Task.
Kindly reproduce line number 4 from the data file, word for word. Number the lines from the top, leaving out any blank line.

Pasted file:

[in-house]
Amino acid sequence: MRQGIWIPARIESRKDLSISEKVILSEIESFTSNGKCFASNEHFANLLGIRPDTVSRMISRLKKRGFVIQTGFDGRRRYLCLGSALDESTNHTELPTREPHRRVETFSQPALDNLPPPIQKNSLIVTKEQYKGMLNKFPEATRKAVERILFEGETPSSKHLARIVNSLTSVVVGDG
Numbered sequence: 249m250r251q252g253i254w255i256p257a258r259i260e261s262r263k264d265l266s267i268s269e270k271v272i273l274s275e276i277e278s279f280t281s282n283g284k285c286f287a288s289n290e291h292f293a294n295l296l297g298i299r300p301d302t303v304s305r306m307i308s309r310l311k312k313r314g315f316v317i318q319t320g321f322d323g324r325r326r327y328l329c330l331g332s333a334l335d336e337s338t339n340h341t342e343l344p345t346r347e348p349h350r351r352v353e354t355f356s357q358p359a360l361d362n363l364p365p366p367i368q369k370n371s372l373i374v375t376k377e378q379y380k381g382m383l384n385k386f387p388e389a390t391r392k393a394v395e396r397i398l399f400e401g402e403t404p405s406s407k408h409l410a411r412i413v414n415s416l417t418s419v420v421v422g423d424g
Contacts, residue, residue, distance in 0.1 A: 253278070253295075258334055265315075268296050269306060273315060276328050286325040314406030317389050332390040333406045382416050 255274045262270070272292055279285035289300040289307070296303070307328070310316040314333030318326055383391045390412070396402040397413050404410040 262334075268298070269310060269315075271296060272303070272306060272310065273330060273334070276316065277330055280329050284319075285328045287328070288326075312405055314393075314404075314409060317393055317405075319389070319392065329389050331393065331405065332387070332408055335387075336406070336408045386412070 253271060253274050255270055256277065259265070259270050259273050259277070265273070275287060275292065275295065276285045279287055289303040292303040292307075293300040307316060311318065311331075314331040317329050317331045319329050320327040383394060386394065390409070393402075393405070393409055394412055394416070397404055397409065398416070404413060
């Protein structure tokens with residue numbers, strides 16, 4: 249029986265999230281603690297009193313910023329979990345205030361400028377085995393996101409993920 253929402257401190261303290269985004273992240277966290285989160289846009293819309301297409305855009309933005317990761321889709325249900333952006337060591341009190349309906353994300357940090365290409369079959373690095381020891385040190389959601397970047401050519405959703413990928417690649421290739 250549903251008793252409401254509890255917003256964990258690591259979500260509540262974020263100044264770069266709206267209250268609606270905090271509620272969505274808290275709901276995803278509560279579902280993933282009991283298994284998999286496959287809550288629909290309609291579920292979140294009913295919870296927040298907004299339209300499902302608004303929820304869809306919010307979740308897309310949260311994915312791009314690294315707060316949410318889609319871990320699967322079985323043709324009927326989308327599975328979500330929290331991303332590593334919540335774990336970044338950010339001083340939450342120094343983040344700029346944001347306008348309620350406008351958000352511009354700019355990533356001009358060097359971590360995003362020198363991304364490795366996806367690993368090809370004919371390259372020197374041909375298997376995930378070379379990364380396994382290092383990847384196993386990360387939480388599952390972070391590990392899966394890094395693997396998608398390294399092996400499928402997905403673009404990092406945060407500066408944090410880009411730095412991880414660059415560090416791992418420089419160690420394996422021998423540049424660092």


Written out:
Contacts, residue, residue, distance in 0.1 A: 253278070253295075258334055265315075268296050269306060273315060276328050286325040314406030317389050332390040333406045382416050 255274045262270070272292055279285035289300040289307070296303070307328070310316040314333030318326055383391045390412070396402040397413050404410040 262334075268298070269310060269315075271296060272303070272306060272310065273330060273334070276316065277330055280329050284319075285328045287328070288326075312405055314393075314404075314409060317393055317405075319389070319392065329389050331393065331405065332387070332408055335387075336406070336408045386412070 253271060253274050255270055256277065259265070259270050259273050259277070265273070275287060275292065275295065276285045279287055289303040292303040292307075293300040307316060311318065311331075314331040317329050317331045319329050320327040383394060386394065390409070393402075393405070393409055394412055394416070397404055397409065398416070404413060